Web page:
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This increasingly appears to be the case, with bilateral trade growing by an impressive 21.8 % during the first six months of 2017. If Russia and China continue to nurture the right conditions for trade investment growth, analysts predict bilateral trade could reach $200 billion by 2020, according to the Russia China Investment Fund.
There is a clear appetite for this. Both countries have notably reduced their reliance on the US dollar for doing business in favour of their own currencies, and agreements on Russia-China production and investment cooperation were recently signed at the Eastern Economic Forum in the Russian city of Vladivostok.
The food and drink sector represents an important chunk of this trade. Key imports from Russia include frozen fish as well as soy, sunflower and soybean oils, all crucial ingredients for Chinese food production. According to Russia’s food safety regulatory Rosselkhoznadzor, China is now the 13th top importer of Russian grain, and will likely enter the top ten shortly. The two countries are currently constructing a new grain transportation port in Fuyuan, China, which will create smooth new shipping routes for Russian grain.
Fruit and vegetable juice exports to China have also dramatically increased in recent years. Russian confectionery and baked goods have proved popular with Chinese tourists, who have then spread the word once they return home.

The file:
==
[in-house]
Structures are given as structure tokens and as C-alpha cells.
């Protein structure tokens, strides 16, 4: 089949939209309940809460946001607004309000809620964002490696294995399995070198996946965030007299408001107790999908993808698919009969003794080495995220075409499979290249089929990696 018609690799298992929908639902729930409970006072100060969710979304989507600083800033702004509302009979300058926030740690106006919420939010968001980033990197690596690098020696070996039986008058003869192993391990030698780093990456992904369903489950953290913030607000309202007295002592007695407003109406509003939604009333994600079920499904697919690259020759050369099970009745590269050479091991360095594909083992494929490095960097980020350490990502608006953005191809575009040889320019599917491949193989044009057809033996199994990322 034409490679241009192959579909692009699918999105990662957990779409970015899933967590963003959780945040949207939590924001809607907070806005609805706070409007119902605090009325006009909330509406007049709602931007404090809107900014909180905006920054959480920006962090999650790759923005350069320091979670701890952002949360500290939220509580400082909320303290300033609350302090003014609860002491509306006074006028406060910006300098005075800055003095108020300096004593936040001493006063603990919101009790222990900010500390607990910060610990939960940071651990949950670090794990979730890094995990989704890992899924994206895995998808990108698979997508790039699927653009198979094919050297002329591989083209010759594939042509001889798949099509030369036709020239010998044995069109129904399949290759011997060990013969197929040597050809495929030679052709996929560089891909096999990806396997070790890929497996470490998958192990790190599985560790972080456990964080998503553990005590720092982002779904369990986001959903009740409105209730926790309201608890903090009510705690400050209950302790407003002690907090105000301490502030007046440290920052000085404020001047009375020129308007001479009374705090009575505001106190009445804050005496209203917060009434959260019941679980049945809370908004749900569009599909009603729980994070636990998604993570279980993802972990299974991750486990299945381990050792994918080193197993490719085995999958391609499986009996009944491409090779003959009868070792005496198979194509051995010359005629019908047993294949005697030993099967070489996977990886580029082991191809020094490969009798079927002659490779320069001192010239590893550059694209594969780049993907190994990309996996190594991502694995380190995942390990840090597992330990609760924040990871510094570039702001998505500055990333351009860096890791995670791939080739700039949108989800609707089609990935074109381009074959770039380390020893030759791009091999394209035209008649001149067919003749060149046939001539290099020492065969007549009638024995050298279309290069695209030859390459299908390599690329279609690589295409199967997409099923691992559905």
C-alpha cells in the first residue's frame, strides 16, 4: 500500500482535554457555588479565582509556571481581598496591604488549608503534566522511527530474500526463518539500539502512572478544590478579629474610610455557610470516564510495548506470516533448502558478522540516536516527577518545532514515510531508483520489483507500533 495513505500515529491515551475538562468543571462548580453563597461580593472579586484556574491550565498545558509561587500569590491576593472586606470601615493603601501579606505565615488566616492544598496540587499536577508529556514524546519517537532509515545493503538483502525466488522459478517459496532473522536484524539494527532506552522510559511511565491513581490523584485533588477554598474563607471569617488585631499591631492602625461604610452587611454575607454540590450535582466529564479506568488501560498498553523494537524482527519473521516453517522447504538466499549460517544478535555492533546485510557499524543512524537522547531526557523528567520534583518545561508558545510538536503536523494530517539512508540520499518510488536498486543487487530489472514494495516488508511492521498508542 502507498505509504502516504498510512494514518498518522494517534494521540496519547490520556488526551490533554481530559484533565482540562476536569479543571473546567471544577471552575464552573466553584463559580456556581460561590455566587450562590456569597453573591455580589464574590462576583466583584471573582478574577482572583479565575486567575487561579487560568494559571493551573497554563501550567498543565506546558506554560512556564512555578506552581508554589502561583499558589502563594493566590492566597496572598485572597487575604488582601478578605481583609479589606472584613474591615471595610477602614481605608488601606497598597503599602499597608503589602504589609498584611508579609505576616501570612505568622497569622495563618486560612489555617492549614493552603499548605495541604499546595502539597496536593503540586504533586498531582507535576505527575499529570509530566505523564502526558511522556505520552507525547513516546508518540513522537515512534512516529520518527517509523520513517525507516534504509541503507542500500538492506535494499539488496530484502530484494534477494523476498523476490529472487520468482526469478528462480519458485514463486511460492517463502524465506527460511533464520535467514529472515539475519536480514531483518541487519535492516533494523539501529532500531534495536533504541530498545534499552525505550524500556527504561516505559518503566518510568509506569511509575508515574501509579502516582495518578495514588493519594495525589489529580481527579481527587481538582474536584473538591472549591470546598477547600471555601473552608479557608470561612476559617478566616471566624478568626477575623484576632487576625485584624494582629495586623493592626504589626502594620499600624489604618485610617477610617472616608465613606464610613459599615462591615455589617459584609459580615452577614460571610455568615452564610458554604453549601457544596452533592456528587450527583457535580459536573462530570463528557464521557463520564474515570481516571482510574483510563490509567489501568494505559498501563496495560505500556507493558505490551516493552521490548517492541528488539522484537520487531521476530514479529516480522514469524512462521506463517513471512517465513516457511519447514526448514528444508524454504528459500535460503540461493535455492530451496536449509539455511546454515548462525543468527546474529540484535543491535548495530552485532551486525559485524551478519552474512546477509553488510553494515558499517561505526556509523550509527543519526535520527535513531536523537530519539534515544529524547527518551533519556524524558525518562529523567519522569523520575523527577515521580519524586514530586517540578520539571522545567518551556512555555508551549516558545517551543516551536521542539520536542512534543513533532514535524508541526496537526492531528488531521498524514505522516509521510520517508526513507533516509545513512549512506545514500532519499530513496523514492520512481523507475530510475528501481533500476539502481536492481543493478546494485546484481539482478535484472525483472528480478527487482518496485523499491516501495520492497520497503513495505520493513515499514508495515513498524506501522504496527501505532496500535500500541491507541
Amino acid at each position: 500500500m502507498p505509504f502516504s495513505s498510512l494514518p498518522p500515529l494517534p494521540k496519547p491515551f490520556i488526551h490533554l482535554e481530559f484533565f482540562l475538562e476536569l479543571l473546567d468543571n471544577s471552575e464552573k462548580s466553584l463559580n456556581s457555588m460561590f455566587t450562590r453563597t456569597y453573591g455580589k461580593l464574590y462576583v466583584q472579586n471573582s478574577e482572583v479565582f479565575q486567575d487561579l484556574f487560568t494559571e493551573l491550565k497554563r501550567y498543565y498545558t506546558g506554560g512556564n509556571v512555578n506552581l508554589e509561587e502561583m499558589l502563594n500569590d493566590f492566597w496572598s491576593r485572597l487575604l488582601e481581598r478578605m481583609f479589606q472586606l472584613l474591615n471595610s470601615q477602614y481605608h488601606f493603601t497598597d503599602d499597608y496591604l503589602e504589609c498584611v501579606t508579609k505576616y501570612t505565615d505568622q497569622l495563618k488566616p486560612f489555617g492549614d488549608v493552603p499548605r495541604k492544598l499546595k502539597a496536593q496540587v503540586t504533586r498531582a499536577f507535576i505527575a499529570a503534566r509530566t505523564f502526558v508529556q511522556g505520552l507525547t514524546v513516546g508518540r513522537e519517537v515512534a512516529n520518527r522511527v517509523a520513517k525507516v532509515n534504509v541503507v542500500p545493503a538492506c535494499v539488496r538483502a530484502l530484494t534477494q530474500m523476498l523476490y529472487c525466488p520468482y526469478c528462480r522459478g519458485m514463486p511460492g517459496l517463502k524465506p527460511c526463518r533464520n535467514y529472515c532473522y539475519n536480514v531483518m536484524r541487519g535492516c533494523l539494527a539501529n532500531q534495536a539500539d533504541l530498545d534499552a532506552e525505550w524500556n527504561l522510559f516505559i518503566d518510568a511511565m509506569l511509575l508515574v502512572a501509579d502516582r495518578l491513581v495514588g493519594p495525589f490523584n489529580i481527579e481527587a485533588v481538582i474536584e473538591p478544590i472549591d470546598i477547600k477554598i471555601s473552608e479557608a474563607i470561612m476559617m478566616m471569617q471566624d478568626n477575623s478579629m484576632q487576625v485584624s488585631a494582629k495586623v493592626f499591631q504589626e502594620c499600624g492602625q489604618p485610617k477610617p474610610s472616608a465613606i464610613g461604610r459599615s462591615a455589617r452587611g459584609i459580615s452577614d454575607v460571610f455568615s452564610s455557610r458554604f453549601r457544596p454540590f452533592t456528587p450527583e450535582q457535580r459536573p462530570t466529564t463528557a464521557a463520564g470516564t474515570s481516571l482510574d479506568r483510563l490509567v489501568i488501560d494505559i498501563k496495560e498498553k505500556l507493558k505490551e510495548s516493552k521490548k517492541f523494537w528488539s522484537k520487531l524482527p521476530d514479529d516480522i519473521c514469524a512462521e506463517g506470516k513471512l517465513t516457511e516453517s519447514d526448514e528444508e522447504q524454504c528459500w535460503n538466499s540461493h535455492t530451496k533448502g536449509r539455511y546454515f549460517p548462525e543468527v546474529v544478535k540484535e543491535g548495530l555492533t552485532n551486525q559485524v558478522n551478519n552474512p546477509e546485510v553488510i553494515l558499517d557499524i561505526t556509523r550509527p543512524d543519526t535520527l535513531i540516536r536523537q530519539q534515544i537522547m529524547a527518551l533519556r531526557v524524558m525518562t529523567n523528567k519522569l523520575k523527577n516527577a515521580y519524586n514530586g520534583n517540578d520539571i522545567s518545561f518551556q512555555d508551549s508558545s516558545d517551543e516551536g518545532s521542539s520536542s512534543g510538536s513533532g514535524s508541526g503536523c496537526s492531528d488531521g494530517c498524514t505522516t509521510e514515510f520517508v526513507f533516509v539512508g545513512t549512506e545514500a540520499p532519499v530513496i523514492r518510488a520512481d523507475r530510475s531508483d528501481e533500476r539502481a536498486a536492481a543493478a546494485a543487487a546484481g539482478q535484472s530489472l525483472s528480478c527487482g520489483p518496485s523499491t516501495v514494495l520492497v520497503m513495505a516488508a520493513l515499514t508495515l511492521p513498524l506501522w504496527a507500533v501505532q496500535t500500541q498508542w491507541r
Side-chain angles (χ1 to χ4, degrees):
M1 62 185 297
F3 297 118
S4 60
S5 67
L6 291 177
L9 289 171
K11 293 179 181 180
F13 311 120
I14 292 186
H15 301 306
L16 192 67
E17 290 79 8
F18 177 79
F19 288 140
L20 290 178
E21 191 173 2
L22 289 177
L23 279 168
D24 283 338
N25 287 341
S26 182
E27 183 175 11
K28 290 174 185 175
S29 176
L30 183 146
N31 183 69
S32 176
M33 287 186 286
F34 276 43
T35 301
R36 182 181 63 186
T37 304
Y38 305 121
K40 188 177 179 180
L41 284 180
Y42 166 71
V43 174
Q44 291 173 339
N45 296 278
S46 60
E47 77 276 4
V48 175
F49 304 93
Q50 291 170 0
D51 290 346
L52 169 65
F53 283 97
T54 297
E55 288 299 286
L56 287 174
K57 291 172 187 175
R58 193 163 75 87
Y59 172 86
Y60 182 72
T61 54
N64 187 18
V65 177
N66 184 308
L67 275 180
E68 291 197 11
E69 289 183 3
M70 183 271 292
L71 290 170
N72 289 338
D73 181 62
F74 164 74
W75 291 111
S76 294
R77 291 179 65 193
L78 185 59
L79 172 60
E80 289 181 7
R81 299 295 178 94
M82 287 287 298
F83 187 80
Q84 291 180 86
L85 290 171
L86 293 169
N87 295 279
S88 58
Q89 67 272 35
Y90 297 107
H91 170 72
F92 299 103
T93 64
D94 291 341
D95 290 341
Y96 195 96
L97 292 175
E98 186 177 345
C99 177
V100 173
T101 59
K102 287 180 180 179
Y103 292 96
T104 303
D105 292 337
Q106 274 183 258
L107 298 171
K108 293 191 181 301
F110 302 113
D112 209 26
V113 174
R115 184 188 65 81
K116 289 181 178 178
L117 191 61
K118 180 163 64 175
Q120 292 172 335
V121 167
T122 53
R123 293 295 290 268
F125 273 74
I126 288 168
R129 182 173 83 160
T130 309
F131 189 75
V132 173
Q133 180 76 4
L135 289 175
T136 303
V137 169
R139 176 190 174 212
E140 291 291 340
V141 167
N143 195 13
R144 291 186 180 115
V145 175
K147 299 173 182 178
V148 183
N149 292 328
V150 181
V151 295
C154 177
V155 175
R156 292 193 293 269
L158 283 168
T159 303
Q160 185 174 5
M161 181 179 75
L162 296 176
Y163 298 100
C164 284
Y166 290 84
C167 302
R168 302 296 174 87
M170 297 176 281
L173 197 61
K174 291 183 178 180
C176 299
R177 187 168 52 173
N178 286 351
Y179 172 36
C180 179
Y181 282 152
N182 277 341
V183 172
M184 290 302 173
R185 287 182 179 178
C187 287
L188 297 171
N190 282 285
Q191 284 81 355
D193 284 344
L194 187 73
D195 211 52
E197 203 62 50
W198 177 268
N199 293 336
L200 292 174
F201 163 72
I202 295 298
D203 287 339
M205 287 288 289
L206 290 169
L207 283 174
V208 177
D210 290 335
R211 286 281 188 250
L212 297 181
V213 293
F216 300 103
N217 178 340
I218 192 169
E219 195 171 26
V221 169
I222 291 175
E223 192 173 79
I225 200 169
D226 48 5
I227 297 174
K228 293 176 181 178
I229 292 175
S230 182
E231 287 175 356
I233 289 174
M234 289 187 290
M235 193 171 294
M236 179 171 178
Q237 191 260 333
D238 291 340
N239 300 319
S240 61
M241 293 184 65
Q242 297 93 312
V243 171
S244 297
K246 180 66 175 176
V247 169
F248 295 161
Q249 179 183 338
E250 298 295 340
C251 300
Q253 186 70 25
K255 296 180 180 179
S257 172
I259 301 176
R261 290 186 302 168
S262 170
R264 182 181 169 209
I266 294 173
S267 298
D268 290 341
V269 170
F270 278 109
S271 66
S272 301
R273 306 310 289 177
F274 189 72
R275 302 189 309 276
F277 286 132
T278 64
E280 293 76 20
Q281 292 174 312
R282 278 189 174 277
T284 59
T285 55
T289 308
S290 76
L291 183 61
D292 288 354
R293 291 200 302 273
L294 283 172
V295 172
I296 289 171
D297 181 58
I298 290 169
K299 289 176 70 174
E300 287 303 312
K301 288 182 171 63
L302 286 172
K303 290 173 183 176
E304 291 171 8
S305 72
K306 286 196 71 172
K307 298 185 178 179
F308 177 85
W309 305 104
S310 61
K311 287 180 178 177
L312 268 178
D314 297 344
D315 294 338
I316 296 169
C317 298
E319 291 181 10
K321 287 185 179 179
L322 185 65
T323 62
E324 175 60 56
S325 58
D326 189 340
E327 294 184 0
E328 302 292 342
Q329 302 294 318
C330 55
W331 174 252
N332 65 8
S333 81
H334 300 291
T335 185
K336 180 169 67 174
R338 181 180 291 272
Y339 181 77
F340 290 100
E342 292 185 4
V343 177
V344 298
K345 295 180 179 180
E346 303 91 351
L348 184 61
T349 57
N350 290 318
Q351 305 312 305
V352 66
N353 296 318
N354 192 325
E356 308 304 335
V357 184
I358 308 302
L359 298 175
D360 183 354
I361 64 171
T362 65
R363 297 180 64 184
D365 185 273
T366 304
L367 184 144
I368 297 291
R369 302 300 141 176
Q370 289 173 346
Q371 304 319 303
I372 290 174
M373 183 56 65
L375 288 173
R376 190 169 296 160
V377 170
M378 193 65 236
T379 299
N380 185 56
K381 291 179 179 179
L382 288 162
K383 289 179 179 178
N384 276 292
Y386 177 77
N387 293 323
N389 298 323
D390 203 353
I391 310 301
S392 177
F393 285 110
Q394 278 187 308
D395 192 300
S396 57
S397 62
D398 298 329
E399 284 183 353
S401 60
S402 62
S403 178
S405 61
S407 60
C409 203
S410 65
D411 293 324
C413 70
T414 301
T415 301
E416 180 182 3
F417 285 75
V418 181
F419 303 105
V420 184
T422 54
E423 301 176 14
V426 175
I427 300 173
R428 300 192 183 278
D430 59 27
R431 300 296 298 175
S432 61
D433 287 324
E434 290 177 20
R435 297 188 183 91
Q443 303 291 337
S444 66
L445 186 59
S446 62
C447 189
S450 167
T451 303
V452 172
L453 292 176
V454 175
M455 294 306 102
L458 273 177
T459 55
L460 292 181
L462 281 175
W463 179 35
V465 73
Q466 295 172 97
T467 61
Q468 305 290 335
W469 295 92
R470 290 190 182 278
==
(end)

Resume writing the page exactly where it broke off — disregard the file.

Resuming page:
One reason for this growth in Russian exports has been China’s burgeoning middle class, which has the cash to spend on imported goods and a desire for more exotic experiences. China has almost doubled its GDP per capita since 2007, with average annual salaries growing dramatically over the past few years. With this in mind, it is likely that Chinese demand for imported goods will continue to increase. All this has created a receptive market on Russia’s doorstep at a time when other global markets are becoming less accessible due to embargoes and sanctions.
This is something that Russian exporters can and should capitalise on. Lucrative new markets are emerging for more high-end products such as such as mineral water, honey, butter, wine and vodka, and distributors will want to get in on the first floor here. Understanding and anticipating local demands - and having supply chains up and running on the ground – will be crucial to export success.